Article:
Hell hath no fury like a client who feels scorned.
At some point, many attorneys will experience a client who decides not to pay. Sometimes it is a simple oversight or a lack of funds. In a few instances, the client has decided he or she is unhappy with the work performed and withholds payment.
Attorneys, being who they are, the response starts with a demand letter and sometimes ends with filing a lawsuit for unpaid fees. It’s at this point where we separate the unhappy from the truly scorned.
In the world of insurance, counter claims from former clients being sued by their former attorneys are one of the more common types of claims sometimes covered by errors and omissions insurance. These claims typically arise when a client isn’t happy with attorney or, more specifically, the outcome of the legal matter at the center of the fees in question. When the attorney is unsuccessful in prompting the former client to pay fees voluntarily, he or she files a lawsuit seeking payment. That’s when the client responds.
Claims run the gamut: negligence, breach of fiduciary duty, allegations of fraudulent or excessive billing practices, etc. In a few instances, not only does the former client refuse to pay and file a counter claim related to the unpaid fees, he or she may also decide to sue the attorney in question for malpractice.
From here things tend to get scary. Normally the counter claim is significantly higher than the fees the attorney was seeking from the client. Significantly higher.
For a small law firm or solo attorney handling non-complex personal or business legal matters, the counter claim from the former client can average anywhere from $10,000 to $15,000. For bigger firms, and in cases where they original legal matter was particularly complex, the counter claim can skyrocket well beyond a mere $10,000 or $15,000.
With significant dollars hanging in the balance, these counter claims can go a number of ways. In most cases, the governing factor is the original attorney-client agreement. Was it clear how the fee structure would work? Were the legal services carefully enumerated? Did the attorney carefully document the work performed? Did that attorney keep the client apprised of hours, work performed and fees? It comes down to the evidence — the documentation of the agreement and the communication throughout — as well as the judge.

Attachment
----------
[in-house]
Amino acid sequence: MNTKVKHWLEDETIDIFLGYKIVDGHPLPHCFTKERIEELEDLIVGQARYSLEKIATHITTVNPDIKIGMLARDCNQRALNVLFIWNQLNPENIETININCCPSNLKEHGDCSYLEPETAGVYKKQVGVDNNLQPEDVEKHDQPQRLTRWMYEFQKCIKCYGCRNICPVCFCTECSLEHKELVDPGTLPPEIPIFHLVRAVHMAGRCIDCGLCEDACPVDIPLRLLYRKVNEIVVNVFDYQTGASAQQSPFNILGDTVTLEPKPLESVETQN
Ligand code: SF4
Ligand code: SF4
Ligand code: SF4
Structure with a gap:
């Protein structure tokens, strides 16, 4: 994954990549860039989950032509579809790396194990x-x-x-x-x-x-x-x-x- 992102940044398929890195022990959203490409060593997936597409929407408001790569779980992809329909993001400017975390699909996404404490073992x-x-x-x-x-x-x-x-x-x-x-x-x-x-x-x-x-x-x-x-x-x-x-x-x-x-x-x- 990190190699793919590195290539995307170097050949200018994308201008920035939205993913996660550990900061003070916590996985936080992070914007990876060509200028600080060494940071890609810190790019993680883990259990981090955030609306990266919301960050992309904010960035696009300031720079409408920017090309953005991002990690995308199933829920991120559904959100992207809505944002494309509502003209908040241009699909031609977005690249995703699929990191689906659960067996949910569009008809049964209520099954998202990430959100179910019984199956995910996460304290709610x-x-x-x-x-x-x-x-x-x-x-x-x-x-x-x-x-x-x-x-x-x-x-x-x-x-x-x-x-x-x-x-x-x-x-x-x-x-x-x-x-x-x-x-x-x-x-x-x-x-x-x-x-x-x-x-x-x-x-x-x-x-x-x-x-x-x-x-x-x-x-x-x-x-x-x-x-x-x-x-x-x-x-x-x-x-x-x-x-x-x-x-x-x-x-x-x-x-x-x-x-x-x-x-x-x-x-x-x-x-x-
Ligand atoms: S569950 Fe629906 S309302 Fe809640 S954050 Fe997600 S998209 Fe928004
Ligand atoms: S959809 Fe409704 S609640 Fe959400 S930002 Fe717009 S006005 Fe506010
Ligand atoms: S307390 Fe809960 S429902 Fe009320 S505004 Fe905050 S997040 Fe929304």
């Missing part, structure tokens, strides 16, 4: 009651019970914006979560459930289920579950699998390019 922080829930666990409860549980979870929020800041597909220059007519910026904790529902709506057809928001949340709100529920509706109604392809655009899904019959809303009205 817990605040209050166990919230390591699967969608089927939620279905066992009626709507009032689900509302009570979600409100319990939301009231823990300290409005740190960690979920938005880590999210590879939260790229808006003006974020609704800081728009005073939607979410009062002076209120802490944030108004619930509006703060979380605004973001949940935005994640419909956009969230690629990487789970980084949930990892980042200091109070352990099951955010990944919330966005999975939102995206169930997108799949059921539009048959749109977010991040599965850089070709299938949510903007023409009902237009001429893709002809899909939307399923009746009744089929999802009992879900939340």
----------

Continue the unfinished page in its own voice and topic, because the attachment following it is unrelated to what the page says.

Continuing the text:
To prevent lawsuits like these, the best defense is good preparation. Make sure your engagement letters are carefully worded, enumerate the services agreed on and outline alternate scenarios. You would be surprised by how many attorneys simply start performing services without carefully outlining their services and fees at the beginning of the engagement.
A good practice is to periodically review the engagement letter. You can evaluate if the scope of work or the needs of the client have changed. You would also be well-advised to prepare a communication to the client advising them of any change from the original engagement letter. Additionally, periodic, documented updates to the client that advise them of work done, work still pending and hours applied provide ample evidence, if needed, of a fully informed client.
Moreover, a sound billing structure is key. In addition to spelling out your fee structure, ensure the manner in which you track your hours, account for work done and how you report both back to the client are efficient, clear, relatively easy to maintain and accurate.
It’s not always possible to please every client. However, unhappy clients need not put lawyers on the defensive and in jeopardy. A thoughtful and well-documented engagement, ongoing communication with the client throughout the matter, and a sound billing structure may be the most important elements of your relationship with your client and your defense if things go sideways.